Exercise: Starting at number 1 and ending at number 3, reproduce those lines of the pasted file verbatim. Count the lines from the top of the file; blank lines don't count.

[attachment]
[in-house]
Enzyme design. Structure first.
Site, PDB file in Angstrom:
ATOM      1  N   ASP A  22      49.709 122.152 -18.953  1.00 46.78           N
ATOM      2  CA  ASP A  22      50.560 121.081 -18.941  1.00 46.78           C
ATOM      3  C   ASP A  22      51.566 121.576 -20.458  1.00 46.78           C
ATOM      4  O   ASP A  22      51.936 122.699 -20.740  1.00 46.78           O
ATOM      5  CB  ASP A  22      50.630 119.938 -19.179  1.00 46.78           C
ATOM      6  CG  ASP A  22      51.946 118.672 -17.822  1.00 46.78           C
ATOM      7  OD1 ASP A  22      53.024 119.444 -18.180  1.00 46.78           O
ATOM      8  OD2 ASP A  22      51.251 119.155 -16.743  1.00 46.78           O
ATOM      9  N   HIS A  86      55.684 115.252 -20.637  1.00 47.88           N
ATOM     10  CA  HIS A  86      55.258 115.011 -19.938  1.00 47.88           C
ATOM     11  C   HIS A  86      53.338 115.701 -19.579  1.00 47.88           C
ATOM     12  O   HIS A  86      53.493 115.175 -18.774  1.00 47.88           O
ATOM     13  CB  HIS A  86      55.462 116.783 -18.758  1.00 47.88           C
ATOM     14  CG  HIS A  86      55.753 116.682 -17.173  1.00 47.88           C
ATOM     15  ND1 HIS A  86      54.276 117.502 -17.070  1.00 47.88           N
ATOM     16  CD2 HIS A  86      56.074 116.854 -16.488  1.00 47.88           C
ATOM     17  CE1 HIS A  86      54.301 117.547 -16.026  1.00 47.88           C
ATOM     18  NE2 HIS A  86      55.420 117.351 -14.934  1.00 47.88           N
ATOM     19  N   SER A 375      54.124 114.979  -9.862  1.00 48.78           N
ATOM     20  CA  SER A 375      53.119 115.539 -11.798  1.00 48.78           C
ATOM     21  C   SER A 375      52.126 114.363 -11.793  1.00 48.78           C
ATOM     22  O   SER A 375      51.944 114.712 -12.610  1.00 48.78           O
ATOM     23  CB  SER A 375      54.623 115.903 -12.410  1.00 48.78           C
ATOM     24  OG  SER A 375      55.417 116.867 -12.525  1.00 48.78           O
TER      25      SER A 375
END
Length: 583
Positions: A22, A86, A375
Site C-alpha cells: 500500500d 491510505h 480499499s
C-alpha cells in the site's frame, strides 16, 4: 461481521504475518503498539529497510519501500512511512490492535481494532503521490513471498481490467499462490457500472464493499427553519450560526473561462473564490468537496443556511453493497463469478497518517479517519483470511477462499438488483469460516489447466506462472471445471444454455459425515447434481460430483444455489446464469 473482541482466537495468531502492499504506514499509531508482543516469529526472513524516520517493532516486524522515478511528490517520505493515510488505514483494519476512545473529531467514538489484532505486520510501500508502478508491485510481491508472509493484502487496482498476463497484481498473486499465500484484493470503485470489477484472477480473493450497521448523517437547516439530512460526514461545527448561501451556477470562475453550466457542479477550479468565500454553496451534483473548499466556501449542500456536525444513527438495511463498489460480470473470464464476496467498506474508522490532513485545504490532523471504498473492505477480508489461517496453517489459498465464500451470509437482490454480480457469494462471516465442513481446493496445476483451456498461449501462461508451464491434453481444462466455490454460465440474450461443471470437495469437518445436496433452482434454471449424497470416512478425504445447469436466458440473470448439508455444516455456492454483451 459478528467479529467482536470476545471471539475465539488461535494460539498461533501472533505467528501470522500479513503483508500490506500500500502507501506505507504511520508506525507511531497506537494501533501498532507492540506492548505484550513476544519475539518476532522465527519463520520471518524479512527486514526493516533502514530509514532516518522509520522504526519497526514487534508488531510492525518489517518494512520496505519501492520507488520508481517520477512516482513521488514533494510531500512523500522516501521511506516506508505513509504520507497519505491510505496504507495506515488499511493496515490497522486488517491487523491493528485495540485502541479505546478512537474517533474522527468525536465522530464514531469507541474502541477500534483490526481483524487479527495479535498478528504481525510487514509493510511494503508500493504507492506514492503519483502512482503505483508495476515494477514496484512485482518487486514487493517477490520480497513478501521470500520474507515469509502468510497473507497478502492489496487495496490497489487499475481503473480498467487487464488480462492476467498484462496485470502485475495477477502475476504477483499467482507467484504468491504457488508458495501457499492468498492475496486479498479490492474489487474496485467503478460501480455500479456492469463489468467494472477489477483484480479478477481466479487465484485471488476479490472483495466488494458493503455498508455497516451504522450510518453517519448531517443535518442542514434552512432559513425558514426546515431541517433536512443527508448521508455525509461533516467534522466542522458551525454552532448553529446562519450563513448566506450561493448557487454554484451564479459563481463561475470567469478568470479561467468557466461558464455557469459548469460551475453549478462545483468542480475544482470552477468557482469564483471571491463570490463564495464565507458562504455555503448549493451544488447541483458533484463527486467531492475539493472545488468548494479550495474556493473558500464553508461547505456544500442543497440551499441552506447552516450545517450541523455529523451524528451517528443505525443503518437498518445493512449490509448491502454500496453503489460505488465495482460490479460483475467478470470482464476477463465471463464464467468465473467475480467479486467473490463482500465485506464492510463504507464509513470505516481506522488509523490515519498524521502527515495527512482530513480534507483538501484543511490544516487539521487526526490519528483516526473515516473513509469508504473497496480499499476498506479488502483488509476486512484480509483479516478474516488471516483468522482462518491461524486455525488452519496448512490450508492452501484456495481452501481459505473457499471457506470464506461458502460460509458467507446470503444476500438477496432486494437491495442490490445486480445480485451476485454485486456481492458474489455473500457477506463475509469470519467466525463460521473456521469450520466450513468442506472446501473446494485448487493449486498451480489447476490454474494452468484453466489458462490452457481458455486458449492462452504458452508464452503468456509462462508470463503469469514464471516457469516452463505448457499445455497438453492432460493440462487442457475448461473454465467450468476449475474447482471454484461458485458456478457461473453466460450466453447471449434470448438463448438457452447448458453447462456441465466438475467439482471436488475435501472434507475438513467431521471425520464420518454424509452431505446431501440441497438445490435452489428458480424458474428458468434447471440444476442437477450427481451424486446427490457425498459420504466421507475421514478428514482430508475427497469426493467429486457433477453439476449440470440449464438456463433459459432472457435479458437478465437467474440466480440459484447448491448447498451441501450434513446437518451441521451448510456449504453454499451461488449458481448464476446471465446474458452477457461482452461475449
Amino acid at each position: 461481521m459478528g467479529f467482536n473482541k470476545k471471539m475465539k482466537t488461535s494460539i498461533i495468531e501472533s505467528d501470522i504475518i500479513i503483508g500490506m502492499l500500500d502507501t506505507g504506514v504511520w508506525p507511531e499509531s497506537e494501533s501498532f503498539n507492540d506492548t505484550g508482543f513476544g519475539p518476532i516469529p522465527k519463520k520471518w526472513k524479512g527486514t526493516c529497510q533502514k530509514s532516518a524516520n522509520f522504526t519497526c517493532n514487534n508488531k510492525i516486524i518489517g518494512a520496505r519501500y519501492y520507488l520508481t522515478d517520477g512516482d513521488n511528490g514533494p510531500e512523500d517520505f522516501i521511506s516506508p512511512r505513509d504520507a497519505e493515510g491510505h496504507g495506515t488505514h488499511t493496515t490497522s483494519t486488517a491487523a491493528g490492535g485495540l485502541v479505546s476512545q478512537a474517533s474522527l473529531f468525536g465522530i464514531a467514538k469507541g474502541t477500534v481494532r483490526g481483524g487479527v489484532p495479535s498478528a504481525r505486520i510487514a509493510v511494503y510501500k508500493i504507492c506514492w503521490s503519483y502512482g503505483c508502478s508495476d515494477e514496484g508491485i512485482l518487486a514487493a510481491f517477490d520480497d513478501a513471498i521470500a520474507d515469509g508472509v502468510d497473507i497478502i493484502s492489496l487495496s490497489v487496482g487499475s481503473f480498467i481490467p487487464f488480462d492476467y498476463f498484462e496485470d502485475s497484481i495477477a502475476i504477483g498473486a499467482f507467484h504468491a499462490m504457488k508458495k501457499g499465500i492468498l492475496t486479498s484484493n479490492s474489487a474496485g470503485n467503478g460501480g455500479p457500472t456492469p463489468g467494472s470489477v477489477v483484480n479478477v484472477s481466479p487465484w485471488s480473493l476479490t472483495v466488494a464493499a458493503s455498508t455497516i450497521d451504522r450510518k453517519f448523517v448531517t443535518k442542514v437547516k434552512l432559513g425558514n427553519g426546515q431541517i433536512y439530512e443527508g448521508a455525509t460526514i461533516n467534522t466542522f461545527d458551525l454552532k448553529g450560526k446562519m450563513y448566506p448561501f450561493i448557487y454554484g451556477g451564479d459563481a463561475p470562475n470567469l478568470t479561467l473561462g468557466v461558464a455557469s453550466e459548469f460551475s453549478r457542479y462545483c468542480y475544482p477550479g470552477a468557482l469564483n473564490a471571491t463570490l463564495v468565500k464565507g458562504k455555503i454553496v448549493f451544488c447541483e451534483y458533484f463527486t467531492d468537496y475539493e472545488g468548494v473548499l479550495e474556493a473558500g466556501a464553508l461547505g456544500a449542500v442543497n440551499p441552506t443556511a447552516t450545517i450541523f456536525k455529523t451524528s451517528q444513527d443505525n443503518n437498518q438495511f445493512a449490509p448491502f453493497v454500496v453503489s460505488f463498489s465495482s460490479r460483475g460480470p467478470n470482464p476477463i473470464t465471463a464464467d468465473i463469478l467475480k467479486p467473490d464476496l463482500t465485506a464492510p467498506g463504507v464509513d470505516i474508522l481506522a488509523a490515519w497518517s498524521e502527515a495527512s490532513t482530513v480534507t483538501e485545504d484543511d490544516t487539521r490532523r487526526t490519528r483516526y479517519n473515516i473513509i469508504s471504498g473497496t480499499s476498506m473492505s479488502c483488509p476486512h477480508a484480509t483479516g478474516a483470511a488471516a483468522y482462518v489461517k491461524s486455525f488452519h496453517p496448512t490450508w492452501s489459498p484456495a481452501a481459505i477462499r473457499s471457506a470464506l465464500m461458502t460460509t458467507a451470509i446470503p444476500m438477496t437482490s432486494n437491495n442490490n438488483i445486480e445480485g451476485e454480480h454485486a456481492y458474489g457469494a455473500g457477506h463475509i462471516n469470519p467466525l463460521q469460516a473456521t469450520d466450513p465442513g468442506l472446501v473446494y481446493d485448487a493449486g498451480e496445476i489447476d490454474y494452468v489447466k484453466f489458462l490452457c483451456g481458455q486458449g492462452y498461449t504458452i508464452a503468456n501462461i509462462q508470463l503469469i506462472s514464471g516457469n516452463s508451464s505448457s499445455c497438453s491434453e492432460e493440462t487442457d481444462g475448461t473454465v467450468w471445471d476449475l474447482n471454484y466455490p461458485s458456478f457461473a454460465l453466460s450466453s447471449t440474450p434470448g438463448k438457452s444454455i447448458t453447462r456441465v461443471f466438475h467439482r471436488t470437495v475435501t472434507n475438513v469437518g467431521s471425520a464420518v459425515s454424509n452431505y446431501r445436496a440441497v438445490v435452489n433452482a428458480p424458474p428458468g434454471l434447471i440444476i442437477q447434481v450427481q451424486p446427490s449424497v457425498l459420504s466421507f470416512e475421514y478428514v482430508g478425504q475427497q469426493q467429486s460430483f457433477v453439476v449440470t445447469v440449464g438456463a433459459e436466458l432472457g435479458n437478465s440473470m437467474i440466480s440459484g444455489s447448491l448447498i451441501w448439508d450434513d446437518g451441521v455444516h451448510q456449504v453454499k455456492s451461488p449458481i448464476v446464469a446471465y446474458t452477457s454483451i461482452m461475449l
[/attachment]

[in-house]
Enzyme design. Structure first.
Site, PDB file in Angstrom: